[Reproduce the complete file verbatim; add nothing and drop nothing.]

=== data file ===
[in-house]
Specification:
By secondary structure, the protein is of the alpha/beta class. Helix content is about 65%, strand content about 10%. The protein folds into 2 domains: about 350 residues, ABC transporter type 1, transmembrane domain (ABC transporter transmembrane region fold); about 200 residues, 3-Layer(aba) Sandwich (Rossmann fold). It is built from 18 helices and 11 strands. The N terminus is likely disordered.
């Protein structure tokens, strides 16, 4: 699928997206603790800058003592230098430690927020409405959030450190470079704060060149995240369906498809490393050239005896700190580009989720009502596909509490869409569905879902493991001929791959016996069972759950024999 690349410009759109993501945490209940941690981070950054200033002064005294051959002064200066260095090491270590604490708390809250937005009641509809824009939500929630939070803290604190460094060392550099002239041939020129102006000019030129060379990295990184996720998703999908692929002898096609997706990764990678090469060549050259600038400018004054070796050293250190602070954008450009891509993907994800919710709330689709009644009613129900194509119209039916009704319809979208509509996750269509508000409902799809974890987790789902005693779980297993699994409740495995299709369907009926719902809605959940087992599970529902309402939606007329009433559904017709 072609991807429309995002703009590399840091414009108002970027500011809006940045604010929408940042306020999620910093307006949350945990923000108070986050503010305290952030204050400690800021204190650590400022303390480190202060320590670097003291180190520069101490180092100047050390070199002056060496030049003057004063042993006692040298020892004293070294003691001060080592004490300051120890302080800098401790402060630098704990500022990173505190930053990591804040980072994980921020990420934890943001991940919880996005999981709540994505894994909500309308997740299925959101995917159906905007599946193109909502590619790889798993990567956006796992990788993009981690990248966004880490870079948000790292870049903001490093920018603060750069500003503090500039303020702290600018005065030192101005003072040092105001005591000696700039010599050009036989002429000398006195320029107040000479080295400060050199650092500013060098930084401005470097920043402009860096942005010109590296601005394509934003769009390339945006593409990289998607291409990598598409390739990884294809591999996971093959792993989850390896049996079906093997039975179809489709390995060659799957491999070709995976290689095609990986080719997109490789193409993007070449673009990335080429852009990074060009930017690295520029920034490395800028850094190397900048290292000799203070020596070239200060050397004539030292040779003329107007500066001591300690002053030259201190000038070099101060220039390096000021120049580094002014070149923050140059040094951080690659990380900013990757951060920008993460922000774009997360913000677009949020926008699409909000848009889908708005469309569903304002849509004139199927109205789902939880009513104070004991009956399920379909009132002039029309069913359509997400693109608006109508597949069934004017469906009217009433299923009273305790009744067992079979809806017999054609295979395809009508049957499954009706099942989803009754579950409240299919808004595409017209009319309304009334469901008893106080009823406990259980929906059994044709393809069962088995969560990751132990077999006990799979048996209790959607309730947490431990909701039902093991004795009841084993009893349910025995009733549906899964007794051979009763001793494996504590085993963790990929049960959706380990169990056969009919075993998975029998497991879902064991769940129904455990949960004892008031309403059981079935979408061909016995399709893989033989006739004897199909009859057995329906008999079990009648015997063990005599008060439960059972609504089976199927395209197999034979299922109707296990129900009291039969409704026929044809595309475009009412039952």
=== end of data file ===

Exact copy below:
[in-house]
Specification:
By secondary structure, the protein is of the alpha/beta class. Helix content is about 65%, strand content about 10%. The protein folds into 2 domains: about 350 residues, ABC transporter type 1, transmembrane domain (ABC transporter transmembrane region fold); about 200 residues, 3-Layer(aba) Sandwich (Rossmann fold). It is built from 18 helices and 11 strands. The N terminus is likely disordered.
């Protein structure tokens, strides 16, 4: 699928997206603790800058003592230098430690927020409405959030450190470079704060060149995240369906498809490393050239005896700190580009989720009502596909509490869409569905879902493991001929791959016996069972759950024999 690349410009759109993501945490209940941690981070950054200033002064005294051959002064200066260095090491270590604490708390809250937005009641509809824009939500929630939070803290604190460094060392550099002239041939020129102006000019030129060379990295990184996720998703999908692929002898096609997706990764990678090469060549050259600038400018004054070796050293250190602070954008450009891509993907994800919710709330689709009644009613129900194509119209039916009704319809979208509509996750269509508000409902799809974890987790789902005693779980297993699994409740495995299709369907009926719902809605959940087992599970529902309402939606007329009433559904017709 072609991807429309995002703009590399840091414009108002970027500011809006940045604010929408940042306020999620910093307006949350945990923000108070986050503010305290952030204050400690800021204190650590400022303390480190202060320590670097003291180190520069101490180092100047050390070199002056060496030049003057004063042993006692040298020892004293070294003691001060080592004490300051120890302080800098401790402060630098704990500022990173505190930053990591804040980072994980921020990420934890943001991940919880996005999981709540994505894994909500309308997740299925959101995917159906905007599946193109909502590619790889798993990567956006796992990788993009981690990248966004880490870079948000790292870049903001490093920018603060750069500003503090500039303020702290600018005065030192101005003072040092105001005591000696700039010599050009036989002429000398006195320029107040000479080295400060050199650092500013060098930084401005470097920043402009860096942005010109590296601005394509934003769009390339945006593409990289998607291409990598598409390739990884294809591999996971093959792993989850390896049996079906093997039975179809489709390995060659799957491999070709995976290689095609990986080719997109490789193409993007070449673009990335080429852009990074060009930017690295520029920034490395800028850094190397900048290292000799203070020596070239200060050397004539030292040779003329107007500066001591300690002053030259201190000038070099101060220039390096000021120049580094002014070149923050140059040094951080690659990380900013990757951060920008993460922000774009997360913000677009949020926008699409909000848009889908708005469309569903304002849509004139199927109205789902939880009513104070004991009956399920379909009132002039029309069913359509997400693109608006109508597949069934004017469906009217009433299923009273305790009744067992079979809806017999054609295979395809009508049957499954009706099942989803009754579950409240299919808004595409017209009319309304009334469901008893106080009823406990259980929906059994044709393809069962088995969560990751132990077999006990799979048996209790959607309730947490431990909701039902093991004795009841084993009893349910025995009733549906899964007794051979009763001793494996504590085993963790990929049960959706380990169990056969009919075993998975029998497991879902064991769940129904455990949960004892008031309403059981079935979408061909016995399709893989033989006739004897199909009859057995329906008999079990009648015997063990005599008060439960059972609504089976199927395209197999034979299922109707296990129900009291039969409704026929044809595309475009009412039952």